View Poll Results: Is Theresa May is out of her depth?

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  • She doesn't know what she is doing

    245 64.81%
  • She knows exactly what she is doing

    133 35.19%
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  1. #24661
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    Quote Originally Posted by BigGully View Post
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    Look mate, I dont know you and beyond a chat about Brexit or otherwise we dont need to be mates, but I would appreciate it if you lay off the personal insults, as for risks all economies have risks but there is nothing to suggest that there is any current data that suggest those risks are heightened.
    If you look at all the data without the knowledge of Brexit about to happen, you would be wondering why the value of the pound is so low. That data tells me that at least the players that move the market, believe the risks are heightened, Deustche Bank, may well say the fundamentals say the pound is undervalued, but they are not buying it up in a hurry are they.
    Posted by Kosh, 19/7/2016 - 14th - 11th this year, or I'll eat my big Ritchie Blackmore hat.

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    • #24662
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      Quote Originally Posted by Soulman View Post
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      "t it does not seem to be able to penetrate the thick, dense,"......"Are you a ****ing goldfish?" this just about sums up how you feel and react to anybody that does not agree with your Remain opinion.
      Your opinion and some differ, and all the insults will not change the opinion.
      The Goldfish comment was entirely appropriate. My opinion and that of others differ, but the guy should be able to remember what it was he was talking about.
      The other one is fair, no matter what anyone says, your guys Brexit beliefs are impervious, if only your skin was as thick.
      I really hope the worst that happens to us is I get to look like a prick for getting it all wrong, and you suffer a bit of my ungracious retorts to accusations of doom mongering.
      Posted by Kosh, 19/7/2016 - 14th - 11th this year, or I'll eat my big Ritchie Blackmore hat.
    • #24663
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      Quote Originally Posted by Baldseagull View Post
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      If you look at all the data without the knowledge of Brexit about to happen, you would be wondering why the value of the pound is so low. That data tells me that at least the players that move the market, believe the risks are heightened, Deustche Bank, may well say the fundamentals say the pound is undervalued, but they are not buying it up in a hurry are they.
      What a bizarre post, how can you possibly know whether they are buying sterling or not or if this really is relevent to the validity of its statement ?

      Firstly sterling has not collapsed and is not going to trigger hyper inflation, thats not on the menu, so a few football posters on this forum trying to determine what is and what isnt the preferable value of sterling for the wider economy and then its likely impact on inflation rates has become somewhat pointless, both sides just using our own flawed analysis.

      However if remainers see sterlings value as a prime indicator of our economy's future performance then the Deutsche Banks statement should allay your fears and the UKs position as the fastest growing economy within the G10 countries even more-so.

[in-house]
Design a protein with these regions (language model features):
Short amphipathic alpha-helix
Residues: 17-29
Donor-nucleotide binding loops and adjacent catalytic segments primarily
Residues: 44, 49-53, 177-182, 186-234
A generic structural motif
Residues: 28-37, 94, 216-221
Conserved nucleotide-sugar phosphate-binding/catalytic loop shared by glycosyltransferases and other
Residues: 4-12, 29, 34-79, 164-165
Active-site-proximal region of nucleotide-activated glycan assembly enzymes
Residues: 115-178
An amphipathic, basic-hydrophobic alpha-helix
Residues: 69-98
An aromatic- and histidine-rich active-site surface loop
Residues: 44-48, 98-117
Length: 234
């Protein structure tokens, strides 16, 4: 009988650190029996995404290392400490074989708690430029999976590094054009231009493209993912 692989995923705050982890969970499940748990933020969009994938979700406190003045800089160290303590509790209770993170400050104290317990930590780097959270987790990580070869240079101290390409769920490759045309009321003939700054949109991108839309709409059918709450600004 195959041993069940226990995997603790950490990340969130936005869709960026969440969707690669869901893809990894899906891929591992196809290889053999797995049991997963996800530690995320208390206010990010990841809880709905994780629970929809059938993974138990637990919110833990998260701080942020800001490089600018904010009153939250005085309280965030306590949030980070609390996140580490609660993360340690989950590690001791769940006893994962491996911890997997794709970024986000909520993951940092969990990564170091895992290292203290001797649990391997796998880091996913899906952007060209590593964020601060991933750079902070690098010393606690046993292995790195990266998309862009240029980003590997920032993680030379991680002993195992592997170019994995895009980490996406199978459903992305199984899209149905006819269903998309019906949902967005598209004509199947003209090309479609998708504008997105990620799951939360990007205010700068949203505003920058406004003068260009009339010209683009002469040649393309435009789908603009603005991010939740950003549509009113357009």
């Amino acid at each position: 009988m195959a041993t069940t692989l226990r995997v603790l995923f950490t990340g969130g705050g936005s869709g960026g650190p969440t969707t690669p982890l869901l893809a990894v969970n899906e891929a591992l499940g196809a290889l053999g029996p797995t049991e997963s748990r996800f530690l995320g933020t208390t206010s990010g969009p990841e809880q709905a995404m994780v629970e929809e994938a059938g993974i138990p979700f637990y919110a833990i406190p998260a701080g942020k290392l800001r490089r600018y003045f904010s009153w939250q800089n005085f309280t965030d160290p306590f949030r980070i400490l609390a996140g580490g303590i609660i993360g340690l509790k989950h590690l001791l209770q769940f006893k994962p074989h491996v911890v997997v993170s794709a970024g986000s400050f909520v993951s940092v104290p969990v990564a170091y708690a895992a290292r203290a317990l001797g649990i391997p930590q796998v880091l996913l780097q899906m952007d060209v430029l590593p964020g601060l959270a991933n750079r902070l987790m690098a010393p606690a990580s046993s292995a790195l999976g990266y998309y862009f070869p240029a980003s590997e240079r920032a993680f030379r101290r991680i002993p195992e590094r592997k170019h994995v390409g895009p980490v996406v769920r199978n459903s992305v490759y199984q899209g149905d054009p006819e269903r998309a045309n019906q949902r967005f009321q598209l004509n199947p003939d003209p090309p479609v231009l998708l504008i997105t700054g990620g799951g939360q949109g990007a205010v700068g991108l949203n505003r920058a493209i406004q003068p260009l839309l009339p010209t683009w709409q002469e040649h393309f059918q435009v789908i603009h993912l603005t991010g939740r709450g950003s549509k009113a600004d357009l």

• #24664

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      Quote Originally Posted by JC Footy Genius View Post
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      Interesting piece on Sky news from Boston. More people voted leave in Boston than anywhere else in the country and it seems most of them were driven by factors directly connected to our membership of the EU. You may know the area.

      I know it very well. My father was born there. It has a nice stump. A generally pleasant atmosphere. Some lovely Georgian buildings. Whereas in Burnley most people voted Leave for reasons not directly connected to the EU, in Boston most did so because the large number of EU migrants is putting certain pressures on the local community. "People talking jibber-jabber in the streets" as a local elsewhere put it. There are other places where this is true. But not a large number of places. Nowhere nearly as many places that suffer from the more serious problems of poor housing stock, lost industries, terrible public services and, perhaps, the stresses caused by non-EU migration. I have never said that everybody voted Leave for non-EU reasons, merely that many did.
    • #24665
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      Quote Originally Posted by BigGully View Post
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      What a bizarre post, how can you possibly know whether they are buying sterling or not or if this really is relevent to the validity of its statement ?

      Firstly sterling has not collapsed and is not going to trigger hyper inflation, thats not on the menu, so a few football posters on this forum trying to determine what is and what isnt the preferable value of sterling for the wider economy and then its likely impact on inflation rates has become somewhat pointless, both sides just using our own flawed analysis.

      However if remainers see sterlings value as a prime indicator of our economy's future performance then the Deutsche Banks statement should allay your fears and the UKs position as the fastest growing economy within the G10 countries even more-so.

      We know they are not buying it up, because the price is low, and it is getting lower.
      It indicates how the big banks, such as Deutsche bank feel about the economy, these are the types of institution that move the market with large purchases, if they were buying it up, the price would rise.